A six-week murder trial scheduled to start in late July may be postponed until 2020.
Kylie Jane Hack is jointly charged with Gary Matthews in relation to the alleged murder of Kingston woman Michelle Meades, whose body was found in a burnt out unit in Clarendon Vale in September 2016.
Ms Hack has been in custody since 2016 and Mr Matthews has been on bail.
On Friday, the court heard a Crown application to delay the scheduled start date of July 29 to allow for the collection of additional expert evidence.
Ms Hack's defence lawyer Greg Melick did not object to pushing back the trial but said it was "highly undesirable" due to Ms Hack's lengthy jail stay, stating she wanted the matter to go to trial as soon as possible.
"She's now been in custody two years and 10 months," Mr Melick said.
Justice Helen Wood said the possibility of the trial adjourning to next year was concerning to the court.
"I'm concerned enough about mid-October, to be frank," Justice Wood said.
Mr Melick said the defence needed more information regarding how the only witness against Ms Hack would give evidence in the trial, particularly seeking to know if he would refuse to answer questions.
"Without his evidence, we don't see how the trial will go ahead," Mr Melick said.
Mr Melick said he also needed to gather prison records and other documents to support his argument about the admissibility of video evidence given by Ms Hack at a time he alleges she was hallucinating, and therefore providing several versions of events.
Justice Wood said the court would need to adjourn to reflect on possible options that would minimise the delay, with a further directions hearing scheduled for Wednesday next week to confirm if the trial will be moved.
"We may need to give consideration to departing from the general practice," Justice Wood said.
Ms Wood suggested the possibility that she continues to hear the trial's preliminary matters and another judge would take over for the trial later this year at a time where she was unavailable.
Court at full capacity
In his 2017-18 annual report, Chief Justice Alan Blow said the issues of a substantial backlog of pending criminal cases and an increased quantity of appeals and bail applications had worsened.
Cases pending longer than 12 months increased from 130 at the end of 2016-17 to 185 as of June 30, 2018, the report said.
Law Society of Tasmania president Evan Hughes said there was a continuing concern about the significant backlog of criminal matters in the court.
"That's not because of a lack of will and effort of the people involved, it's purely because of the sheer volume of work that's coming through," Mr Hughes said.
"Those delays of a year, 18 months are unfortunately not uncommon."
Mr Hughes said when cases were delayed it diminishes the evidence involved and put greater stress on the people involved.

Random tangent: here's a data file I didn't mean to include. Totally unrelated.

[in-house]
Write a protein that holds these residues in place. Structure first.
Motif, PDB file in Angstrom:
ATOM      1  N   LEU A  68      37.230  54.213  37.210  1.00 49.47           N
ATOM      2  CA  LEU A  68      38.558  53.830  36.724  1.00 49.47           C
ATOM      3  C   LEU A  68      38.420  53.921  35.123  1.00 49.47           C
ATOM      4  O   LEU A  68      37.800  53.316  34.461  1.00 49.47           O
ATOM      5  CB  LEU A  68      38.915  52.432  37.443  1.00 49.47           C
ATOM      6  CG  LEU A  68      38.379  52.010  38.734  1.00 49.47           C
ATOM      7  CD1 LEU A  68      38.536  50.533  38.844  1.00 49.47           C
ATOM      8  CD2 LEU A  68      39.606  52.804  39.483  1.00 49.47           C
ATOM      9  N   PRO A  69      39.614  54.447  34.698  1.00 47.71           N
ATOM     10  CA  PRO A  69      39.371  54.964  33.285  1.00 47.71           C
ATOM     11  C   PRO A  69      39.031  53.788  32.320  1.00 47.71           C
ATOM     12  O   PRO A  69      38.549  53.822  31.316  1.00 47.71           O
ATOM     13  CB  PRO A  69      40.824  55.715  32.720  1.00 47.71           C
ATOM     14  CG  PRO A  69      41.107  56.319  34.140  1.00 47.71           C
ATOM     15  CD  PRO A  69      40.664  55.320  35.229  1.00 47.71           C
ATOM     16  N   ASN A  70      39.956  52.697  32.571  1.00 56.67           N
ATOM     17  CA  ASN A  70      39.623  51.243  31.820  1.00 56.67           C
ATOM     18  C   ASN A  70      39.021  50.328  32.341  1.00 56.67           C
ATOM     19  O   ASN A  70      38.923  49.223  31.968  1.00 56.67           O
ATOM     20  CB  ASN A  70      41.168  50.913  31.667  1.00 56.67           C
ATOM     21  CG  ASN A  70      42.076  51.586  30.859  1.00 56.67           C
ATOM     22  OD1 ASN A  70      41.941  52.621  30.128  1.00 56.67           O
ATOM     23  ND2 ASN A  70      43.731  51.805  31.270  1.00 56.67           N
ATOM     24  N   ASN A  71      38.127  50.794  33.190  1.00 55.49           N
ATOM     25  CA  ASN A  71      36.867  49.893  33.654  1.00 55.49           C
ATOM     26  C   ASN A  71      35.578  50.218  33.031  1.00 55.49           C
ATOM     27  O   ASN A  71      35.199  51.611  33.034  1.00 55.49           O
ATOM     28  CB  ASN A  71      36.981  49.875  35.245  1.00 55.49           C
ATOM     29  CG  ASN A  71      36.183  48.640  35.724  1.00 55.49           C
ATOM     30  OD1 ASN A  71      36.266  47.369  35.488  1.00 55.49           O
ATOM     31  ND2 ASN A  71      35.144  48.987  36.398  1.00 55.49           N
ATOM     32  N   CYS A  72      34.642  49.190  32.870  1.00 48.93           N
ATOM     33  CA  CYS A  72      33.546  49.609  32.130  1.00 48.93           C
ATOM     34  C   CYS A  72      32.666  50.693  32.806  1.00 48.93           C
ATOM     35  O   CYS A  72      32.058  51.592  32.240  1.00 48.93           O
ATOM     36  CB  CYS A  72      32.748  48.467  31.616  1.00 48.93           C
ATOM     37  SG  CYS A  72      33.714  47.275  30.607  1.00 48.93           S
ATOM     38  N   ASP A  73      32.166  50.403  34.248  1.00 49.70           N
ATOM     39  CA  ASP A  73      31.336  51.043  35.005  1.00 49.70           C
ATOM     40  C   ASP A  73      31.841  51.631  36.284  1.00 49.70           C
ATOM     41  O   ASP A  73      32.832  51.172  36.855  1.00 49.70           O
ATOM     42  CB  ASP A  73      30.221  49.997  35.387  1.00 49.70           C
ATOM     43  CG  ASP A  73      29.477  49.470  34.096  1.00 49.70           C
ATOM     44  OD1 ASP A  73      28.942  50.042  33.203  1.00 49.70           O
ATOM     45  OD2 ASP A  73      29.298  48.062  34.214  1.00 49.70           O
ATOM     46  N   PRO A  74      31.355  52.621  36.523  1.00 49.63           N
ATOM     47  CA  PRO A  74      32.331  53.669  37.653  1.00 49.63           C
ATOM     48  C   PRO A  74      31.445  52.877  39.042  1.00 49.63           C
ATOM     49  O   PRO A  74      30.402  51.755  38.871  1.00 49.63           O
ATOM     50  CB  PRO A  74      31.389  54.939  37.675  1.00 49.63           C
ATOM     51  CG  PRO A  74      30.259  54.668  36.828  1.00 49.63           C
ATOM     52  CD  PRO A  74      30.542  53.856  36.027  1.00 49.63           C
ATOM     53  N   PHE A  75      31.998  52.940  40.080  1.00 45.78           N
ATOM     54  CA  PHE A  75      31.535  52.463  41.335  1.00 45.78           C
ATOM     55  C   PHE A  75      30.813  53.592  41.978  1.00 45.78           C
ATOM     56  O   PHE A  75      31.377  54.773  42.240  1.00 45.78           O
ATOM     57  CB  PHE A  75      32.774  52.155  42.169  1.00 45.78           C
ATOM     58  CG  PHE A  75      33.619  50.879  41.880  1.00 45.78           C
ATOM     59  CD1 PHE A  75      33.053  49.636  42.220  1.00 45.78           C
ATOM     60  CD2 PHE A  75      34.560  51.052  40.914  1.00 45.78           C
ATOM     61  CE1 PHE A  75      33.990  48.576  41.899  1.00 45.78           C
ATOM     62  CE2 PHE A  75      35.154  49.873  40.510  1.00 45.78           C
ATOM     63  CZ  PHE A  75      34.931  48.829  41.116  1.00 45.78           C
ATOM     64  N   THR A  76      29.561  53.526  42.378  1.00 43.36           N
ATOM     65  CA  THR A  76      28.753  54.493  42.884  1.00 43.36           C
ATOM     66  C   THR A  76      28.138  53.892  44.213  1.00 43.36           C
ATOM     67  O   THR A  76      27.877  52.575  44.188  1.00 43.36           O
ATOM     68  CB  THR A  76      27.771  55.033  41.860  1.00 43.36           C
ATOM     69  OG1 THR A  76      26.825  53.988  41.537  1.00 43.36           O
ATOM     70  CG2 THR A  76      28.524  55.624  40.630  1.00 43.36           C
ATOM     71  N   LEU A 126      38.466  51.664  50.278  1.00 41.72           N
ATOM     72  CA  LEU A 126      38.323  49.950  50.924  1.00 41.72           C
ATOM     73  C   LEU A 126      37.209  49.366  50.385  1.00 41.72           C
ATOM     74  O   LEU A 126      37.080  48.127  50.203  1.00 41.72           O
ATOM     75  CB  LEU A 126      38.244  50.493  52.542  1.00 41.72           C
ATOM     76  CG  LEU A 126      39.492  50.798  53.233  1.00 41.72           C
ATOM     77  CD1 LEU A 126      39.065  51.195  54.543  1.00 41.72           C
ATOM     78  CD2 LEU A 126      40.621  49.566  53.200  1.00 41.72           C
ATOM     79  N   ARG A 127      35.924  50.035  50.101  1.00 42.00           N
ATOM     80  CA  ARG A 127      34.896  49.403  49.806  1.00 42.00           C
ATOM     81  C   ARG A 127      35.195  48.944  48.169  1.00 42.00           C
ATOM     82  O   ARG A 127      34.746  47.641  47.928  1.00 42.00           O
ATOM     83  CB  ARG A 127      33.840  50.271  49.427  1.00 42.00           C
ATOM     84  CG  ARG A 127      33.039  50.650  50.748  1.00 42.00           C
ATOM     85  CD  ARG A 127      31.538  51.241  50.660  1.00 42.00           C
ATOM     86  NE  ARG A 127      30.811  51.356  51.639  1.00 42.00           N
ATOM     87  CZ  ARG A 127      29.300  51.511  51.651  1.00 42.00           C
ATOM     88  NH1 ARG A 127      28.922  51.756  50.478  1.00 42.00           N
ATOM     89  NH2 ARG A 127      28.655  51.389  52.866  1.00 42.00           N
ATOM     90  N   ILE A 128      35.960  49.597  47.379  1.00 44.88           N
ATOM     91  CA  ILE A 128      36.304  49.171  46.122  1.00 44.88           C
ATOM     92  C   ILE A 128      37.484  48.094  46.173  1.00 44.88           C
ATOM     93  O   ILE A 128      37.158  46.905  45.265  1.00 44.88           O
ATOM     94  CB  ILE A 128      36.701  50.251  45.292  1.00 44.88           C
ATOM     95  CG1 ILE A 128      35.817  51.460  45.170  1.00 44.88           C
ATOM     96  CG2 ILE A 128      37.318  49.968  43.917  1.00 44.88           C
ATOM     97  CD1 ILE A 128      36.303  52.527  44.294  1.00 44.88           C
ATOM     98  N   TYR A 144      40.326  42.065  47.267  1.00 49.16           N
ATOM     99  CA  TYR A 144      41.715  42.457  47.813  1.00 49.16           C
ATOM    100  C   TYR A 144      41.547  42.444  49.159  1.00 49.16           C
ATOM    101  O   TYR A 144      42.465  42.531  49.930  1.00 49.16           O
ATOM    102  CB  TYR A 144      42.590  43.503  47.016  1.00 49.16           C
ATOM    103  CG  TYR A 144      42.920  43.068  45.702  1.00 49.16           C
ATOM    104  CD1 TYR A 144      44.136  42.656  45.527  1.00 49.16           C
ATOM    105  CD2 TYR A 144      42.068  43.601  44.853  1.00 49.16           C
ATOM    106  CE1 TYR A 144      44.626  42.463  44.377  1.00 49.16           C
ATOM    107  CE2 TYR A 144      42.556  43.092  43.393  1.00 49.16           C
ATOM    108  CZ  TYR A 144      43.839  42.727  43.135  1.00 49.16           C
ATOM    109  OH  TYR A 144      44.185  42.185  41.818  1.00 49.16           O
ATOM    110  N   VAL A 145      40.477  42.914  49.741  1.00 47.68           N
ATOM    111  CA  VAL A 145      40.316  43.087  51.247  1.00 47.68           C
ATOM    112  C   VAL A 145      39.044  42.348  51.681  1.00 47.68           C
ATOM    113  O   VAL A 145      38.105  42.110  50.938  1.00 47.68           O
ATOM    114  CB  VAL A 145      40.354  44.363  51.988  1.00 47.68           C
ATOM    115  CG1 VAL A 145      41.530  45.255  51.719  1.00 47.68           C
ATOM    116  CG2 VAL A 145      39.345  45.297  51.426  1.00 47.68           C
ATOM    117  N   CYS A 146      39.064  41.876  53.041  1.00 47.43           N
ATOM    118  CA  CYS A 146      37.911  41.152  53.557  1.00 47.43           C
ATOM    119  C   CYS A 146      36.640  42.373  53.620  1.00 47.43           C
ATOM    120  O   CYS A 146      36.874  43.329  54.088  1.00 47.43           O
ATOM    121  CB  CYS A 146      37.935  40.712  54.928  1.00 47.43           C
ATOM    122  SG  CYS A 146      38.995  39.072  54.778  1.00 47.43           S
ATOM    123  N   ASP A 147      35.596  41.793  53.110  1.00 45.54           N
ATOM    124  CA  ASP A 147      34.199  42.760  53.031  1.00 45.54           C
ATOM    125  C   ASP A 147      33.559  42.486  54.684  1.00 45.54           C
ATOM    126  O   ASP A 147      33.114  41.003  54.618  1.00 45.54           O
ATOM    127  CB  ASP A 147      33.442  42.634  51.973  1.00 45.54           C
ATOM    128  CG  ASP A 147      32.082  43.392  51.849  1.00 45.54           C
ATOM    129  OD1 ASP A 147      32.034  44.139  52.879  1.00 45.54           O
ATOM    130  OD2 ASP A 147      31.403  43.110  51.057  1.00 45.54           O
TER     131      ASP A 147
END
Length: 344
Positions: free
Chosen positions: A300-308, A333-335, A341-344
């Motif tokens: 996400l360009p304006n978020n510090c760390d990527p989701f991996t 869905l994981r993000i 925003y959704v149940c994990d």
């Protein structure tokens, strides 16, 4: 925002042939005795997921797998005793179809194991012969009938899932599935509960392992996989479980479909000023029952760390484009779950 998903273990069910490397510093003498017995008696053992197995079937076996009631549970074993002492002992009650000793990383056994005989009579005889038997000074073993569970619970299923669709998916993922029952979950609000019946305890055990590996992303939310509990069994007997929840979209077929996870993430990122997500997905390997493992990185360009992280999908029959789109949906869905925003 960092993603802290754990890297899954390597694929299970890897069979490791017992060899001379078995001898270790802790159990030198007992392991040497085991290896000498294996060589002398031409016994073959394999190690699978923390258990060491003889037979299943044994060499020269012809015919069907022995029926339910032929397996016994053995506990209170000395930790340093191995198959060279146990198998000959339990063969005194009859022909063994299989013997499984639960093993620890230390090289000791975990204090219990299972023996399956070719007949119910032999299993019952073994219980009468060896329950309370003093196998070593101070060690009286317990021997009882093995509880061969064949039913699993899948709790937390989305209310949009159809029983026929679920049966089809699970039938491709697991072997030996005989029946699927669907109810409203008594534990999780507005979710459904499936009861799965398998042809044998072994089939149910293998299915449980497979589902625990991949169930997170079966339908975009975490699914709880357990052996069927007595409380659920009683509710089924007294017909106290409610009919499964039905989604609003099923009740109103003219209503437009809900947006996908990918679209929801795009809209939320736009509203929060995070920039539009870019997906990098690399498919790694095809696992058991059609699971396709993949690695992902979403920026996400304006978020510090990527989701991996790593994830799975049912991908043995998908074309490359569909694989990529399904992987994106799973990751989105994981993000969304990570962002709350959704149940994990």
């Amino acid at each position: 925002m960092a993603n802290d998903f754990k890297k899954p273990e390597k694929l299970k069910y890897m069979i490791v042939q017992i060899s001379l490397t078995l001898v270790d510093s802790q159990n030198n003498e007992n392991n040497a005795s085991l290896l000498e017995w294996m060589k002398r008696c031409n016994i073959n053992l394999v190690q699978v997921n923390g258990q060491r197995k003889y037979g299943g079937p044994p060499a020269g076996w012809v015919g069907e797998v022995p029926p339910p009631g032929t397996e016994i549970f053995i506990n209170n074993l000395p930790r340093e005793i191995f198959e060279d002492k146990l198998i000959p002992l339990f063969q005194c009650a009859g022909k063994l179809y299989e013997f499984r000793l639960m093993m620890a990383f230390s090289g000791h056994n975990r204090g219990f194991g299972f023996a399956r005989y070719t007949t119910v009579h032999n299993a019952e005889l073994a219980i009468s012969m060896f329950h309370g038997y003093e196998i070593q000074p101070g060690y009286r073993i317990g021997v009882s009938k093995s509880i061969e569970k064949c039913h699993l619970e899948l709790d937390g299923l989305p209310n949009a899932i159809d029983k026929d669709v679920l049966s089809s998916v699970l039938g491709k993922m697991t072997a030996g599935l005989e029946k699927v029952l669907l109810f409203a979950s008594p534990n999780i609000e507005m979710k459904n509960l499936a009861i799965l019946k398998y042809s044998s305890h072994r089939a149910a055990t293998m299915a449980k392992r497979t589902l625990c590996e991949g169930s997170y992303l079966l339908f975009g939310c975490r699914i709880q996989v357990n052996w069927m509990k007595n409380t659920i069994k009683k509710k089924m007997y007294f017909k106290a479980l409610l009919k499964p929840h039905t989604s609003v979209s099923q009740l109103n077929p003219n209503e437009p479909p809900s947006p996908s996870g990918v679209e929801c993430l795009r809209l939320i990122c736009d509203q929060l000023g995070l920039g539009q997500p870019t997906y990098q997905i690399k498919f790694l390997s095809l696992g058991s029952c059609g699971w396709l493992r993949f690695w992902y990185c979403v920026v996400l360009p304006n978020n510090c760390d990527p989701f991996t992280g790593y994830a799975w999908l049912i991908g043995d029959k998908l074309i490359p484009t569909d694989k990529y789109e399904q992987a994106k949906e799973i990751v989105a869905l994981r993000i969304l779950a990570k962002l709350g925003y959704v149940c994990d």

"The longer a case runs before it gets heard - the evidence gets diluted over time because it comes from people," Mr Hughes said.
"It affects the quality of the justice system the more it is delayed."
Mr Hughes said other reasons for delay included the admission of extra evidence, complicated forensics or surveillance evidence which needs to be analysed and reviewed.
The state government has acknowledged Tasmania's backlog issues and have invested an additional $14.4 million in courts and legal services in the 2019-20 budget, including $1.1 million per year for the reinstatement of a seventh Supreme Court judge and $5 million for a new Southern Magistrate.
The Office of the Director of Public Prosecutions will also receive increased funding of $700,000 a year from the 2020 - 21 budget to assist judicial services.
Mr Hughes said the reinstatement of a seventh judge would certainly help, however, more could be done to address the backlog.
"That's making some decisions about what things we deal with in the Supreme Court," Mr Hughes said.
"The Law Society has been advocating strongly for matters that do not need to go to the Supreme Court to be brought back and dealt with by a Magistrate."
Innocent until proven guilty
Tasmanian Prisoners Legal Service chair Greg Barns said it was intolerable for people to be remanded for lengthy periods of time whilst waiting for trial.
"No one should have to wait really more than three to six months for their trial to come on," Mr Barns said.
"We need to remember that people who are kept waiting for their trial or appearance have the presumption of innocence."
Mr Barns said prisoners on remand suffer a number of adverse impacts during this time, including facing difficulties accessing prison programs.
"The stress that people are placed under by virtue of the slow wheels of justice is quite damaging both to them and to their families," Mr Barns said.
Mr Barns said there should be the capacity to provide compensation to people who have been remanded and then acquitted.
"If a person, for example, is acquitted after they've waited three years for their trial - they've spent three years of their life being detained and losing their liberty for no purpose," Mr Barns said.
"People are just told to move on with their lives.
"They've had the guts ripped out of their life. It's not just a matter of slotting back into their lives."